Rest in Peace, Todd.


jonescd


Oct 26, 2006, 10:12 AM
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As a family climber with three generations, my heart goes out to the Skinner family and they should know that Todd was doing nothing less safe than all of the other fathers out there who climb/rappel today.

anykineclimb,

Your argument of rappelling off of the belay loop is valid as the industry standard most recognized today. For that reason I had to teach rappelling for 8 years at a college in a way that I have disagreed with. I have always since the beginning of my climbing been suspect of this standard and have rappelled using a locker through my tie-in points for 20 yrs of climbing for fear of an accident such as Todd's. You do have to me more careful about cross-loading when taking the first step off. Pear biners with the narrow end toward the harness are much less likely to crossload -- if you watch them before weighting the rope - if you are really concerned about crossloading you can use a steel locker that is still strong when crossloaded - although the extra weight in this situation would not have been practical. I wish this industry standard would change as when I was old schooled the standard was to never trust one piece of equipment in any given situation when a choice is presented (I used to even use double lockers with opposing gates for rappelling). A belay loop is a single piece of equipment and I have often seen the stitching come loose on my belay loop after abrasions from chimney climbing and from general wear from the rope (even on a newer harness - especially Petzl harnesses rather than my older Misty Mtn harnesses which used to have bullet threading ). I think we should all rethink this industry standard as a token to Todd and his family - maybe separate double belay loops could be considered. I climbed a couple of times with Paul Piana in Knoxville in my beginning years of climbing and was greatly inspired by their free climb of El Cap and slide show. If Todd was anything as safe as Paul which I imagine he was, I would bet he was one of the most safety conscious climbers in existence and my first thought upon hearing this story was that there was loop failure and no oversight. I somehow feel that someone as safety experienced as Todd Skinner would want us all to learn from this accident rather than think of it as his fate or just the risk that we run in climbing.


Partner brent_e


Oct 26, 2006, 11:04 AM
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my thoughts go out to his family and friends.

it's sad to lose any member of the community.



Brent


knudenoggin


Oct 26, 2006, 11:20 AM
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In reply to:
belay loops are for belaying and rappeling. ...
an intact belay loop is strong enough not to need redundance.
just like a single rope. but if its damaged...

But, my, quite some damage!!? With that broken rope in the fall test in the gym,
at least the material was loaded rather severely--at the point of the 'biner,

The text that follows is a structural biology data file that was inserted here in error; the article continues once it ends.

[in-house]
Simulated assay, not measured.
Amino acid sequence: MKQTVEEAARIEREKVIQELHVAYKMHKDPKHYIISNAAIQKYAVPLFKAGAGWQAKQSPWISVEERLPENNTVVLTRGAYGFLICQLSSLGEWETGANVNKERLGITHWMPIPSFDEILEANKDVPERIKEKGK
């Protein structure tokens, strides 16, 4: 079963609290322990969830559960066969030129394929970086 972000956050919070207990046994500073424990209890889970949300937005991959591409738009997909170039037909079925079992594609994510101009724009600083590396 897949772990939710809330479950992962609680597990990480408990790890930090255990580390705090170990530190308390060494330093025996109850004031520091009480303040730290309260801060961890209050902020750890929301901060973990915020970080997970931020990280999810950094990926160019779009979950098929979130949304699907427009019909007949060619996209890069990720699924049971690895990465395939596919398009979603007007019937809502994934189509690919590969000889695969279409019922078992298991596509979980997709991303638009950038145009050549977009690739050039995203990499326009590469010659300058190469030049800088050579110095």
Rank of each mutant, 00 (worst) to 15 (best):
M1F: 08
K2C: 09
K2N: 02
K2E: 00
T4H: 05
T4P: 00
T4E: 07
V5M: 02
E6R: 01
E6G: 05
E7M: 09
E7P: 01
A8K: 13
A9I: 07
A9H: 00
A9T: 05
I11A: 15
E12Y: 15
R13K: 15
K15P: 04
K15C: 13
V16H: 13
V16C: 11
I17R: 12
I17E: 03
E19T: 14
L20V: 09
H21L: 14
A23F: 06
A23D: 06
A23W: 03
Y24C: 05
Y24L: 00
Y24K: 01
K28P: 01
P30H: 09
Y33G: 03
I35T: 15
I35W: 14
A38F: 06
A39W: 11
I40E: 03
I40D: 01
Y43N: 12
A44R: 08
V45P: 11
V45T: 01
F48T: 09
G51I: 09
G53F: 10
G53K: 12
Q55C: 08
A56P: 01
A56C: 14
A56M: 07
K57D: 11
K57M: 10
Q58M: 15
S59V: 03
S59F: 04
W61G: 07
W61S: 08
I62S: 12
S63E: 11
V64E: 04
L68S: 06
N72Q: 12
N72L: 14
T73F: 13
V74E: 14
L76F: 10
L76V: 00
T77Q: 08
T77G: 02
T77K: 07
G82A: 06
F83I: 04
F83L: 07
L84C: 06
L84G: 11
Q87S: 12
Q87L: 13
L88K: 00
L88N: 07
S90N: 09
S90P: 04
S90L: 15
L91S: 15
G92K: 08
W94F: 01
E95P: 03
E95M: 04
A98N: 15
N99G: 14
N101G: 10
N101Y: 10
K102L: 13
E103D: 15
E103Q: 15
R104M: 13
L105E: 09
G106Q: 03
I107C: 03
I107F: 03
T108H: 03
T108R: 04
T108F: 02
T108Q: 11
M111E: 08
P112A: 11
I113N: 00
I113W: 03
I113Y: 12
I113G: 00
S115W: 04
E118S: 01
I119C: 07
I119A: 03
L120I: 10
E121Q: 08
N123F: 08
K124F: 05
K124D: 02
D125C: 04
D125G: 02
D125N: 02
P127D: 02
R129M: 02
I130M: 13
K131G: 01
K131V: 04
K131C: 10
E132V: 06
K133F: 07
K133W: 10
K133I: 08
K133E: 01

and with a fall--and weakened by acid damage; but here we have material parting
at roughly body weight!
Here's an article excerpt:
In reply to:
"It's really affecting the climbing community because harness failure is pretty unusual -- it is not supposed to happen," said Ken Yager, president and founder of Yosemite Climbing Association. "It's gotten people thinking about their old harnesses now. I know I'm going to go out and buy a new one."

The part that broke, called the belay loop, is designed to be the strongest part of the climbing harness, but Hewett, 34, said Skinner's harness was old.

"It was actually very worn," Hewett said. "I'd noted it a few days before, and he was aware it was something to be concerned about." Friends of Skinner said he had ordered several new harnesses but they hadn't yet arrived in the mail.

On Monday's climb, Hewitt said the belay loop snapped while Skinner was hanging in midair underneath an overhanging ledge.

"I knew exactly what had happened right when it happened," he said. "It was just disbelief. It was too surreal." Stunned and in shock after watching his friend fall, he checked his equipment. "I wanted to make sure that what had caused the accident wasn't going to happen to me," he said. "I then went down as quick as I could."

Hewett said he knew there was no hope. A search-and-rescue team found Skinner's body, wearing the harness with the broken belay loop, about 4 p.m. Monday on the rocks near Bridalveil Falls.

I hope that some close analysis of this broken loop is made: was perhaps heat
from the metal or rope abrasion the cause (perhaps even from a prior use),
or any chemical damage? Recall that even old climbing ropes are claimed by the
UIAA to withstand at least one severe (UIAA test) fall. And ratty old rap slings culled
and tested by various folks (Moyer, SterlingJim) at their worst have not been
so bad as this belay loop seems to have been. It just seems a bit beyond the
pale for there to have been *normal* wear&tear damage to such a degree
of weakening that would pass any muster for use.

Very sad news, indeed--tragic.

*knudeNoggin*


tradmanclimbs


Oct 26, 2006, 12:35 PM
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You guys seem to be forgetting that the belay loop catches all the leader falls. that harnes may have caught hundreds of leader falls.It also could have been severly abraded and being old exposed to lots of sunlight?


andrewd


Oct 26, 2006, 1:31 PM
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:( this is very sad and scary at the same time.